So it could well have been that Jesus Christ had been a myth.
 
Old 02-07-2001, 03:12 PM   #15
Bede
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Ipetrich,

Quote:
<font face="Verdana, Arial" size="2">First off, as to Paul describing Jesus Christ as having lived in human form, rather than being some sort of divinity, can one be sure that it's someone else passing off something as one of Paul's writings? From stylistic grounds, it has long been suspected that there has been more than one author of the letters attributed to Paul.</font>
The quotes given by Layman come from the undisputed letters. To say they are all meddled with is special pleading to a very high order.

Quote:
<font face="Verdana, Arial" size="2">And as to Josephus, I think that if Jesus Christ had been as well-known as the Gospels describe him as being, then JC would have been worthy of more than a paragraph or two in Josephus's writings, considering that Josephus describes some other self-styled prophets in much more detail.</font>
He gives detail about the military fanatic types. As Jesus wasn't in that field he wasn't very interesting. Josephus thought he was a fraud and as performing miracles was no big deal (as Richard Carrier as demonstrated) we have no reason at all to expect Josephus to care much about Jesus. Indeed, the ONLY interesting thing about Jesus as far as Josephus is concerned is that some of his kooky followers are still around.

Yours

Bede

[http://www.bede.org.uk]Bede's Library - faith and reason[/url]
 
Old 02-07-2001, 09:00 PM   #16
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Thanks Bede. Glad you noticed I was relying on the Undisputeds. I should have made the clearer to the somewhat informed skeptics.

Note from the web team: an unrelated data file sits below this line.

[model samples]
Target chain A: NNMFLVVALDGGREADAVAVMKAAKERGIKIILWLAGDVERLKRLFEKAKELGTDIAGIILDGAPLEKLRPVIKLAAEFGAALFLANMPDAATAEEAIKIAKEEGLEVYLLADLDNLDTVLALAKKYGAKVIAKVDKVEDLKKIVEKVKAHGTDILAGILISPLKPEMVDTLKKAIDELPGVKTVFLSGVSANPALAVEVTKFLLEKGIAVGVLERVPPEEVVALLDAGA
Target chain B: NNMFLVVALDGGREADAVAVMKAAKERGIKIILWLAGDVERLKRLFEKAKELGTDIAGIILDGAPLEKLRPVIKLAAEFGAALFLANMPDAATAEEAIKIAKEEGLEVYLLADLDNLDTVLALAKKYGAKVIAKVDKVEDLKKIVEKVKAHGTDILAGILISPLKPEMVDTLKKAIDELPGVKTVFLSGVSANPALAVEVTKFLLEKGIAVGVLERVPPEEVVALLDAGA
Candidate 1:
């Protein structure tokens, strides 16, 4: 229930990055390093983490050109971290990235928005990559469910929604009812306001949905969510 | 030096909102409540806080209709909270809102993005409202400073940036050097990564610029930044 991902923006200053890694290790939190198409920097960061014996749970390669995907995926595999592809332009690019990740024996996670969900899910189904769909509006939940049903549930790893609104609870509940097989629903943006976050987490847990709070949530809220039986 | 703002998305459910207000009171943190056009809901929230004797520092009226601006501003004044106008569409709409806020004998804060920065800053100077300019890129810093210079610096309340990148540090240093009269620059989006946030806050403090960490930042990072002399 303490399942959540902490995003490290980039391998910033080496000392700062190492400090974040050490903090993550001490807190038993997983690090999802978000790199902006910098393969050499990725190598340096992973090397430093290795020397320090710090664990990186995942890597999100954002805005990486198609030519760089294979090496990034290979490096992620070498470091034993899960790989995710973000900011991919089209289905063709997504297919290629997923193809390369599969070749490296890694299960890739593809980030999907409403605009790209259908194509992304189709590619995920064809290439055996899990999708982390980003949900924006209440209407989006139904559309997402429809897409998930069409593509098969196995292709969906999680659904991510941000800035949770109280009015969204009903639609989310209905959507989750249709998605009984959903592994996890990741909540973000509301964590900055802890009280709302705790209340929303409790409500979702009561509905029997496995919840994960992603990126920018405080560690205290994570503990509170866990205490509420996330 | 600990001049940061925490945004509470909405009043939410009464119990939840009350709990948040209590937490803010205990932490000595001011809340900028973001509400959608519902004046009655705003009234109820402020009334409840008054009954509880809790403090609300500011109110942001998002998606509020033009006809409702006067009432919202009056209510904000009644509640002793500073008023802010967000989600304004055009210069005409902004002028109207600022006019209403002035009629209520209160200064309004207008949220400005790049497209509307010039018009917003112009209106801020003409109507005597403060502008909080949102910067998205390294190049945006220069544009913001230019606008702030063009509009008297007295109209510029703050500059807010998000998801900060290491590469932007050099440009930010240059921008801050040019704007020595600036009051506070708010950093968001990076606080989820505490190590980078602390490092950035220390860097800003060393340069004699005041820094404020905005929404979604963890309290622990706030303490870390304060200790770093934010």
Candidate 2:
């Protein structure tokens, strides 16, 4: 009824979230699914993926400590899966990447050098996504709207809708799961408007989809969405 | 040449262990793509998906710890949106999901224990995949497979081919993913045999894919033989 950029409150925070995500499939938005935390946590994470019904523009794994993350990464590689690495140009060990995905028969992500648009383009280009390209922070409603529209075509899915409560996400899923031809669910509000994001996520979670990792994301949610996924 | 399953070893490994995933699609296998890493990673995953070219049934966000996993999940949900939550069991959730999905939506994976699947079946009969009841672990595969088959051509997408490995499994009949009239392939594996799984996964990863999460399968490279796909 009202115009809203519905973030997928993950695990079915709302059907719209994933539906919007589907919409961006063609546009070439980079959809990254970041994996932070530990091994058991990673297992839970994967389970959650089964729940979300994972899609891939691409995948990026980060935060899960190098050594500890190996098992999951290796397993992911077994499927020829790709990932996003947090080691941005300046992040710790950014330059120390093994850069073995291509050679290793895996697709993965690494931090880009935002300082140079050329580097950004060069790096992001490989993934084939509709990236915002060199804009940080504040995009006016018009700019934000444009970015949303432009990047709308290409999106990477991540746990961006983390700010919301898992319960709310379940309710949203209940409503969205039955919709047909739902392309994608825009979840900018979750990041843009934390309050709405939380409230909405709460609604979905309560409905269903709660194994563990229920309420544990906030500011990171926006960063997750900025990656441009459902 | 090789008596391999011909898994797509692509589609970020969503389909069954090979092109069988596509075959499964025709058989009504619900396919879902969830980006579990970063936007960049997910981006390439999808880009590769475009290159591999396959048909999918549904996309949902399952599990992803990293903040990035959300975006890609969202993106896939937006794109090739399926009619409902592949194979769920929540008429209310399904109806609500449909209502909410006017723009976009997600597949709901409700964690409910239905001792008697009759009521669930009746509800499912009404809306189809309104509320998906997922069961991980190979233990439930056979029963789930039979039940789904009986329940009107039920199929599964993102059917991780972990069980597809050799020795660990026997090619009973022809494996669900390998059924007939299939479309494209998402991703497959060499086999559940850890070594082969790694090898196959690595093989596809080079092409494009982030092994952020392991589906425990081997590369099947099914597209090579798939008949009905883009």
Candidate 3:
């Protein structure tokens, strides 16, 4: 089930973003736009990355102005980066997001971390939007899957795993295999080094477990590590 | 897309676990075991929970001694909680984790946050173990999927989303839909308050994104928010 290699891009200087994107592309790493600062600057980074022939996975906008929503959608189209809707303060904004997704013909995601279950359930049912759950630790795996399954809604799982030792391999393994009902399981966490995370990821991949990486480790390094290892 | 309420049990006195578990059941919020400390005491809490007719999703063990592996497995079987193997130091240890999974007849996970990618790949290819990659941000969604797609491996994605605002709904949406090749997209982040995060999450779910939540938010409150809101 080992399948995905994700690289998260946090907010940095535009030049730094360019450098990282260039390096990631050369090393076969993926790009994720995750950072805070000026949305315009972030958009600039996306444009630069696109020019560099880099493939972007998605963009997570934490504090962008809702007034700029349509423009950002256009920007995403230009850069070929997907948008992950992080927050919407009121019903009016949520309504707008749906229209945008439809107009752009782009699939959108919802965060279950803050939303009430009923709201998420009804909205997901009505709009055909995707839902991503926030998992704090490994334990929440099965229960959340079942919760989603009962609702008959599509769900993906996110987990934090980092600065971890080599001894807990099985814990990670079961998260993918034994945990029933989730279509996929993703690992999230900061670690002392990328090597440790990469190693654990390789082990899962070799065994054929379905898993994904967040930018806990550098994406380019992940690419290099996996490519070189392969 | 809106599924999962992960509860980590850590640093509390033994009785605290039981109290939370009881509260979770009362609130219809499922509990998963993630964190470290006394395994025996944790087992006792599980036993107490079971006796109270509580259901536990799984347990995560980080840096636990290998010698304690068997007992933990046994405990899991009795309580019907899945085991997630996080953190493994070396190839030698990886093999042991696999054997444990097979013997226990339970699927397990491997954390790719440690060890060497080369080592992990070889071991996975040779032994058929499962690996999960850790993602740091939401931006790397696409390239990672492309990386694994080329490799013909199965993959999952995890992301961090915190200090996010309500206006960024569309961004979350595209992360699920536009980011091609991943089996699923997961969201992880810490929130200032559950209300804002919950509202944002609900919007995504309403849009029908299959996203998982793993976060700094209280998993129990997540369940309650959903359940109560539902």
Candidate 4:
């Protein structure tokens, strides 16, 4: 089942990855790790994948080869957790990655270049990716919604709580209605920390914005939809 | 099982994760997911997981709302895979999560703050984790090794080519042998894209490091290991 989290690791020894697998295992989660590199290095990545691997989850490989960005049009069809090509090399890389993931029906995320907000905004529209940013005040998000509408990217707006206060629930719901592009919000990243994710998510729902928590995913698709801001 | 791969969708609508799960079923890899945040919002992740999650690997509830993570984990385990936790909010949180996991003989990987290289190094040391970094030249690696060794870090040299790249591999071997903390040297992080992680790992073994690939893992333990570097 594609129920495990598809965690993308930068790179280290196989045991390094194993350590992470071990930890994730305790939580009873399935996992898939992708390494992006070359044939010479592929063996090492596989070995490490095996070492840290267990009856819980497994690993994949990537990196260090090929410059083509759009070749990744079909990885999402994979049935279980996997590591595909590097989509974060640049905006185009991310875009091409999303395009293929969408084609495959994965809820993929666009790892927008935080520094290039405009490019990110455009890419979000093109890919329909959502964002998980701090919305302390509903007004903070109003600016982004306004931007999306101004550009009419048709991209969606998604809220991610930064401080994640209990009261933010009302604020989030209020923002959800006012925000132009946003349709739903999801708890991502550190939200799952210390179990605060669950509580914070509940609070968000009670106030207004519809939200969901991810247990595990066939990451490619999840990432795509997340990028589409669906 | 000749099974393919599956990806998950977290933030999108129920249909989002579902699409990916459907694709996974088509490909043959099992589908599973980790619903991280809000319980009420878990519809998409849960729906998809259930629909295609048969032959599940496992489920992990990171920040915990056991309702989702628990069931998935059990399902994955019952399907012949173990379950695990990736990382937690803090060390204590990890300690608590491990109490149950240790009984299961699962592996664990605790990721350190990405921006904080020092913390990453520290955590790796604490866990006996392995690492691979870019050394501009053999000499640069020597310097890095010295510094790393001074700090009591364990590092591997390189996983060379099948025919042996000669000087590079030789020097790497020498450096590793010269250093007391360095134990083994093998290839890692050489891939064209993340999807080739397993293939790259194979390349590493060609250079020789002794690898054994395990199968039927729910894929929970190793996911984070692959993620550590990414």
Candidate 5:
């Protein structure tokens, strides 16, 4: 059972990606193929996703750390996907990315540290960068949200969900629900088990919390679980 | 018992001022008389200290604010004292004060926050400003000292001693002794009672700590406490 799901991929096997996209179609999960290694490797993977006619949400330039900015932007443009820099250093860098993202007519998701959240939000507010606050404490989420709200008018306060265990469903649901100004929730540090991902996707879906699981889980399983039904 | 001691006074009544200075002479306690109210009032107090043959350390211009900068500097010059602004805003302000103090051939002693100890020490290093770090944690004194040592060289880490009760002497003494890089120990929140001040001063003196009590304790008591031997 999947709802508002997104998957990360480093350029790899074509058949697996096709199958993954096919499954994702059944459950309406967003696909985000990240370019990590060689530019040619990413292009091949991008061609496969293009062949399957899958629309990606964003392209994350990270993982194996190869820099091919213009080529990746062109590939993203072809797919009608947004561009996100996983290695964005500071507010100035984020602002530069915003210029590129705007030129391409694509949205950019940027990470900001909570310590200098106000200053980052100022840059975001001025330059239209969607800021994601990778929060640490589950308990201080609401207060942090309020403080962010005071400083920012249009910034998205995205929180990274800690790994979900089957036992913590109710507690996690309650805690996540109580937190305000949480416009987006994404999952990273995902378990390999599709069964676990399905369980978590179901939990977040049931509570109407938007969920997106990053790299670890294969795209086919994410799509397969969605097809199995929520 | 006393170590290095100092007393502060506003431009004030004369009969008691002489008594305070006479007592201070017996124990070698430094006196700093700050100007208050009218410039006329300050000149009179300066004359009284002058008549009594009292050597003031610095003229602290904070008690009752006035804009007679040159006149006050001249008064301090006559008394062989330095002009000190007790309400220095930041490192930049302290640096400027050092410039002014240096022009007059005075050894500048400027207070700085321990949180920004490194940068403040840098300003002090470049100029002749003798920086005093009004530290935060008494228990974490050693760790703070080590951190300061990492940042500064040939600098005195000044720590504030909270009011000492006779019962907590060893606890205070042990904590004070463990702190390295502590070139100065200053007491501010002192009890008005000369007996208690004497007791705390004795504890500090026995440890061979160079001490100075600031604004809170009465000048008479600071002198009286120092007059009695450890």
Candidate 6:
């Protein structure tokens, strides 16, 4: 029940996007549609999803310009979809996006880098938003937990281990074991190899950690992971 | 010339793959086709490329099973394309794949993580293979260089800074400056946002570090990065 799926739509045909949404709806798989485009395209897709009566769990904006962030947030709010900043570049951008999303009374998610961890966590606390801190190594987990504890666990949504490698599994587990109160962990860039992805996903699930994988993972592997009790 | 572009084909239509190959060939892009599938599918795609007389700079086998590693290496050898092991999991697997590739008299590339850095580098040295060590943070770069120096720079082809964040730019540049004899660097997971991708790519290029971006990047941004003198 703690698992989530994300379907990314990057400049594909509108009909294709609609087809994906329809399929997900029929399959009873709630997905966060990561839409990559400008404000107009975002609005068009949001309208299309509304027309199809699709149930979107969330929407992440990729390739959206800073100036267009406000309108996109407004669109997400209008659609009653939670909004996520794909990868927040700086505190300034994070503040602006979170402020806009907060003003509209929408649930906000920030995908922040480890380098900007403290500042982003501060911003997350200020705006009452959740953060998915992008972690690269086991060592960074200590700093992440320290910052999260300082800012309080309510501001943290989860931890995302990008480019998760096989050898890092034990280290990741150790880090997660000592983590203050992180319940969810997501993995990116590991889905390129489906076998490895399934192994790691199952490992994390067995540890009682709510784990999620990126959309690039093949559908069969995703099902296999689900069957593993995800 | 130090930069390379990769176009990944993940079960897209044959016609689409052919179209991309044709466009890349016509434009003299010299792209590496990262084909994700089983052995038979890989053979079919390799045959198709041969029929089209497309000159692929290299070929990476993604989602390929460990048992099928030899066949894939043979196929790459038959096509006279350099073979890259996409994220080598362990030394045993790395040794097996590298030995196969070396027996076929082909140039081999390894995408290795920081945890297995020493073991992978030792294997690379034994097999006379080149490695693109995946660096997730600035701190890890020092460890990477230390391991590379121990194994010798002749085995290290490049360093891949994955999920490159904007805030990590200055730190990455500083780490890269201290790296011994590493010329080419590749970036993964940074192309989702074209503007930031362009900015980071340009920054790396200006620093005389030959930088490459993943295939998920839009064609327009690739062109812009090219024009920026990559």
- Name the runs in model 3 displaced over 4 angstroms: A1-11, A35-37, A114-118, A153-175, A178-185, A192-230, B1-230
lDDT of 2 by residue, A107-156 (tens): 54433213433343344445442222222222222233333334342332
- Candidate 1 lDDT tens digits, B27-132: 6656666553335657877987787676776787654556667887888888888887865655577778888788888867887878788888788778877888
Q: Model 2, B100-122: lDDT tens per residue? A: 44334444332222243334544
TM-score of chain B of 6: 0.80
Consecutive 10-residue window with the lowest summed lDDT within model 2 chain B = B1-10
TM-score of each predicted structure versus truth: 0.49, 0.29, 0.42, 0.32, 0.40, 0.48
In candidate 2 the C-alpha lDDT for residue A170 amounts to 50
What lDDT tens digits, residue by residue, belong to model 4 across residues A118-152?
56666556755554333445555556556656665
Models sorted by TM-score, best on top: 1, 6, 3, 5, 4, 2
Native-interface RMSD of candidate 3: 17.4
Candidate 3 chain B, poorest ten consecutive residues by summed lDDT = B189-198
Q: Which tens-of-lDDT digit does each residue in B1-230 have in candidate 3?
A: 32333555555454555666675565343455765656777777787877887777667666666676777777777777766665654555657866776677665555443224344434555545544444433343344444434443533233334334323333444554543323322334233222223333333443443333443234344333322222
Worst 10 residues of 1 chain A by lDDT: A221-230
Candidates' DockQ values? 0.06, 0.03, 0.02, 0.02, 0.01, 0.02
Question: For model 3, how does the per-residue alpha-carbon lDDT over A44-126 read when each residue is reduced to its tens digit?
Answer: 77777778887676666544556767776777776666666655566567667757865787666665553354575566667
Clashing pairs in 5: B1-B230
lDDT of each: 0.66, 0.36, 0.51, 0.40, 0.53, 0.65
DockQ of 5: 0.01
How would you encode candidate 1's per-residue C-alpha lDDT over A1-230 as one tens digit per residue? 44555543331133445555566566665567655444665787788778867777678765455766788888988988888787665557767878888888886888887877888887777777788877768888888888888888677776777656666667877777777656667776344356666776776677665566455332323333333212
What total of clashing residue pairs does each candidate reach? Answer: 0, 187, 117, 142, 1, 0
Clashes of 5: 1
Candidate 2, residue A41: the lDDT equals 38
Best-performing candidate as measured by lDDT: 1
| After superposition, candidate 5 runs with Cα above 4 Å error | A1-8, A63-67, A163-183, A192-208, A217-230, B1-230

I think a strong case can be made for Paul's authorship of Colossians as well, but I find it useful to rely on the undisputed in these matters to avoid distracting side debates.
 
Old 02-19-2001, 05:15 PM   #17
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I thought it would be good to bring this back up to the top since it has been referenced relateding to the Homer theory.

Paul demonstrates the existence of a Jesus tradition which preexisted his ministry and was widespread by the time he was writing 1 Corinthians, around 15 years before Mark's gospel. The death, burial, and resurrection of Jesus was central to the church well before Mark set quill to papyrus. As was the label "Son of God," Jesus' physical being, Peter (Cephas) as lead disciple, James as the brother of Jesus, the Lord's Supper, being "delivered" to his enemies that same night, Jesus' post-resurrection appearances, Jesus' method of execution (cruficixion), the involvement of Jewish authorities in his death, Jesus' davidic descent, and the timing of the resurrection (third day). All from the undisputed Paulines.

Considering the highly occasional nature of Paul's letters, this is far from "thin" evidence.

As others have pointed out, the Homer theory fails to account for the independence of other Jesus traditions, such as the Gospel of John, Q, "M," and especially, "L." All recounting similar miracles and teachings of Jesus independent of the Gospel of Mark.

In fact, you could eliminate the Gospel of Mark altogether, including the copying of it by Matthew and Luke, and still have the orthodox picture of Jesus we know and love today from the Paulines, "M," "L," and John.

[This message has been edited by Layman (edited February 19, 2001).]